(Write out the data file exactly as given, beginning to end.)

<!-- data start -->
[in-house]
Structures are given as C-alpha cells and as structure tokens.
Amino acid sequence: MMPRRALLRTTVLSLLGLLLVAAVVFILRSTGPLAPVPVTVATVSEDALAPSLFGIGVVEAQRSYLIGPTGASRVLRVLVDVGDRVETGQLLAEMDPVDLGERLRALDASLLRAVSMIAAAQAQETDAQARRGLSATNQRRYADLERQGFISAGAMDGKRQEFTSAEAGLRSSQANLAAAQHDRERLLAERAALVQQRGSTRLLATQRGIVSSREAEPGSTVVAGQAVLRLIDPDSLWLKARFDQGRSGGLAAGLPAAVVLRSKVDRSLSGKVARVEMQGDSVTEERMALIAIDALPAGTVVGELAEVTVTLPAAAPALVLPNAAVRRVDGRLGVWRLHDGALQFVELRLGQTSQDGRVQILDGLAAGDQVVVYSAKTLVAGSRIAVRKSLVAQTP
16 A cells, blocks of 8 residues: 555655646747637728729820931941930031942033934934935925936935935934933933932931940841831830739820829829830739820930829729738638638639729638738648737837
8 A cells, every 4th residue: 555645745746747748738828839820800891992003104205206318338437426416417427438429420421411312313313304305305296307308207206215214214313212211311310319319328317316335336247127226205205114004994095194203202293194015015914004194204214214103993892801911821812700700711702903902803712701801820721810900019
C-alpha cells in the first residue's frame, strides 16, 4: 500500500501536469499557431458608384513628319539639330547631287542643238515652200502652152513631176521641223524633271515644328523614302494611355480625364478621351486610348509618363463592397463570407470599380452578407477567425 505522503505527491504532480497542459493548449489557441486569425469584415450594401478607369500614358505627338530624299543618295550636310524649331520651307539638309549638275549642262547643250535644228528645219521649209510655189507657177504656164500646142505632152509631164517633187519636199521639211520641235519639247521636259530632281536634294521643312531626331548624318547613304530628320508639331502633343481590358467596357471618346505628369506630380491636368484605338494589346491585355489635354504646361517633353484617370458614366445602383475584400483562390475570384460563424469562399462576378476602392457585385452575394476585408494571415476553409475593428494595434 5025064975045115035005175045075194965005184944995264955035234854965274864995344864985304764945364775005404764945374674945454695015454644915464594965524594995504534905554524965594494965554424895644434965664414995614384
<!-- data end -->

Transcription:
[in-house]
Structures are given as C-alpha cells and as structure tokens.
Amino acid sequence: MMPRRALLRTTVLSLLGLLLVAAVVFILRSTGPLAPVPVTVATVSEDALAPSLFGIGVVEAQRSYLIGPTGASRVLRVLVDVGDRVETGQLLAEMDPVDLGERLRALDASLLRAVSMIAAAQAQETDAQARRGLSATNQRRYADLERQGFISAGAMDGKRQEFTSAEAGLRSSQANLAAAQHDRERLLAERAALVQQRGSTRLLATQRGIVSSREAEPGSTVVAGQAVLRLIDPDSLWLKARFDQGRSGGLAAGLPAAVVLRSKVDRSLSGKVARVEMQGDSVTEERMALIAIDALPAGTVVGELAEVTVTLPAAAPALVLPNAAVRRVDGRLGVWRLHDGALQFVELRLGQTSQDGRVQILDGLAAGDQVVVYSAKTLVAGSRIAVRKSLVAQTP
16 A cells, blocks of 8 residues: 555655646747637728729820931941930031942033934934935925936935935934933933932931940841831830739820829829830739820930829729738638638639729638738648737837
8 A cells, every 4th residue: 555645745746747748738828839820800891992003104205206318338437426416417427438429420421411312313313304305305296307308207206215214214313212211311310319319328317316335336247127226205205114004994095194203202293194015015914004194204214214103993892801911821812700700711702903902803712701801820721810900019
C-alpha cells in the first residue's frame, strides 16, 4: 500500500501536469499557431458608384513628319539639330547631287542643238515652200502652152513631176521641223524633271515644328523614302494611355480625364478621351486610348509618363463592397463570407470599380452578407477567425 505522503505527491504532480497542459493548449489557441486569425469584415450594401478607369500614358505627338530624299543618295550636310524649331520651307539638309549638275549642262547643250535644228528645219521649209510655189507657177504656164500646142505632152509631164517633187519636199521639211520641235519639247521636259530632281536634294521643312531626331548624318547613304530628320508639331502633343481590358467596357471618346505628369506630380491636368484605338494589346491585355489635354504646361517633353484617370458614366445602383475584400483562390475570384460563424469562399462576378476602392457585385452575394476585408494571415476553409475593428494595434 5025064975045115035005175045075194965005184944995264955035234854965274864995344864985304764945364775005404764945374674945454695015454644915464594965524594995504534905554524965594494965554424895644434965664414995614384